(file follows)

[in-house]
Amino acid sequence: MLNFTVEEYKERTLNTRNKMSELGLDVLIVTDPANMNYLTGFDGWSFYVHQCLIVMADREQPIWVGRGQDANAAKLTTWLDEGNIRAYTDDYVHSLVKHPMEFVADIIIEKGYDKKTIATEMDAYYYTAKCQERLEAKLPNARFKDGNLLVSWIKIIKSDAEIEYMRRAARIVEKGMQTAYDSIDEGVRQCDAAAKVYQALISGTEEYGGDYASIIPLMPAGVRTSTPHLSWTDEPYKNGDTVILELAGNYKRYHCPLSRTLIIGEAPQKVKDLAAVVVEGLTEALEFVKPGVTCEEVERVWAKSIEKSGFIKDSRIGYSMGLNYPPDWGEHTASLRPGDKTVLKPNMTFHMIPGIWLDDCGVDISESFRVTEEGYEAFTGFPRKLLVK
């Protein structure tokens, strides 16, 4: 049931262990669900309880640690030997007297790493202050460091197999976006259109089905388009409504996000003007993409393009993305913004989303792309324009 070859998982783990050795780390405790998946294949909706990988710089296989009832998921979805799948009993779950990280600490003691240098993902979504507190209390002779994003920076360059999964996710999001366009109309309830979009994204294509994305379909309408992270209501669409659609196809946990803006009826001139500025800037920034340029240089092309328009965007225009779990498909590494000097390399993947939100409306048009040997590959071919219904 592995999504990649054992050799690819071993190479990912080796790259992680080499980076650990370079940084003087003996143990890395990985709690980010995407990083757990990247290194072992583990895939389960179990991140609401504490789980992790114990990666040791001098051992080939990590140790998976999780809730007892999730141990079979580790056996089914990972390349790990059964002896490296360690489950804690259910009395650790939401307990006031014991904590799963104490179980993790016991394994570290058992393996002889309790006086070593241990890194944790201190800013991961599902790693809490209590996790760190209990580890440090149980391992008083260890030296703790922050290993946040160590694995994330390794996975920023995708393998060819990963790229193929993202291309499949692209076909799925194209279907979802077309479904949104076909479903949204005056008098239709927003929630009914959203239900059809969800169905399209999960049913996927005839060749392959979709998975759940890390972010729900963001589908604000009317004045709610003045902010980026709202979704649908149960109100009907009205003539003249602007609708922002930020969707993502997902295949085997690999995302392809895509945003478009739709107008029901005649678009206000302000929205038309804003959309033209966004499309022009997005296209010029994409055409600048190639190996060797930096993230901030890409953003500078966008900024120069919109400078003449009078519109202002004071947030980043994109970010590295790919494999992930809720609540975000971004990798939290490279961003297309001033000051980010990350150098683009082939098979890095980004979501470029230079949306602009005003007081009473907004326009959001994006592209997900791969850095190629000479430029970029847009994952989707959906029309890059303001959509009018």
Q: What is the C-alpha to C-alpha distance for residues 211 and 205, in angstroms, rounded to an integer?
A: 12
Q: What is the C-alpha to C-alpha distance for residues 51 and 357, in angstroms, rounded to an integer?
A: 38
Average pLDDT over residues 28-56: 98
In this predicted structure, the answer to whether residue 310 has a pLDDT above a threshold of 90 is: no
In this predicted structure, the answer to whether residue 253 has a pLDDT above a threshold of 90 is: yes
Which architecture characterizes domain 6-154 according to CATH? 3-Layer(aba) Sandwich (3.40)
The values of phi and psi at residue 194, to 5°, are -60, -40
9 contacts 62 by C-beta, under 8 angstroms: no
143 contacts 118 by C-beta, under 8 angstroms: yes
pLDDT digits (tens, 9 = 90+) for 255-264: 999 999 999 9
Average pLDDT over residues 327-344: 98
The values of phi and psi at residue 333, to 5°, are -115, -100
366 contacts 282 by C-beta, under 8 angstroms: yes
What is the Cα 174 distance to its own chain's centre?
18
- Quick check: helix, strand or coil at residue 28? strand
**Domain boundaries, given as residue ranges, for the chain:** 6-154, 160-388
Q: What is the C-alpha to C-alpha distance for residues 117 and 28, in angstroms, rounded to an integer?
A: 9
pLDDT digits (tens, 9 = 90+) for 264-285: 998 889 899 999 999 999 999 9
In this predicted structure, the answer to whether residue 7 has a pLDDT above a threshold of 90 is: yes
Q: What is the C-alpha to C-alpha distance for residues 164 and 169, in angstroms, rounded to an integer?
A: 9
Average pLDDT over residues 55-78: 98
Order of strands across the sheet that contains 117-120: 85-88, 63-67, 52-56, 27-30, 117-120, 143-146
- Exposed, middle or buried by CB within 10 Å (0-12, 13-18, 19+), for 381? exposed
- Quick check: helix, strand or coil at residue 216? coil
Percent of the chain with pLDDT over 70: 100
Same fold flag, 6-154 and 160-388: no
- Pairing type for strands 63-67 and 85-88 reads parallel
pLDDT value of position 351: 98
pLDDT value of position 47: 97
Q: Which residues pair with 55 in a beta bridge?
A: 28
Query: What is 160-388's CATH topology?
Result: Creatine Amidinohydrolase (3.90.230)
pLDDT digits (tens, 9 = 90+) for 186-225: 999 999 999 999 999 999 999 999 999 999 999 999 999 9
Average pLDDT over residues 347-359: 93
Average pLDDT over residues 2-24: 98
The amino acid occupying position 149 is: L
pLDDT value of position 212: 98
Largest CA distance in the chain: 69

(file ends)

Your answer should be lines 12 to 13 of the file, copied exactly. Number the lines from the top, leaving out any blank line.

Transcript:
The values of phi and psi at residue 194, to 5°, are -60, -40
9 contacts 62 by C-beta, under 8 angstroms: no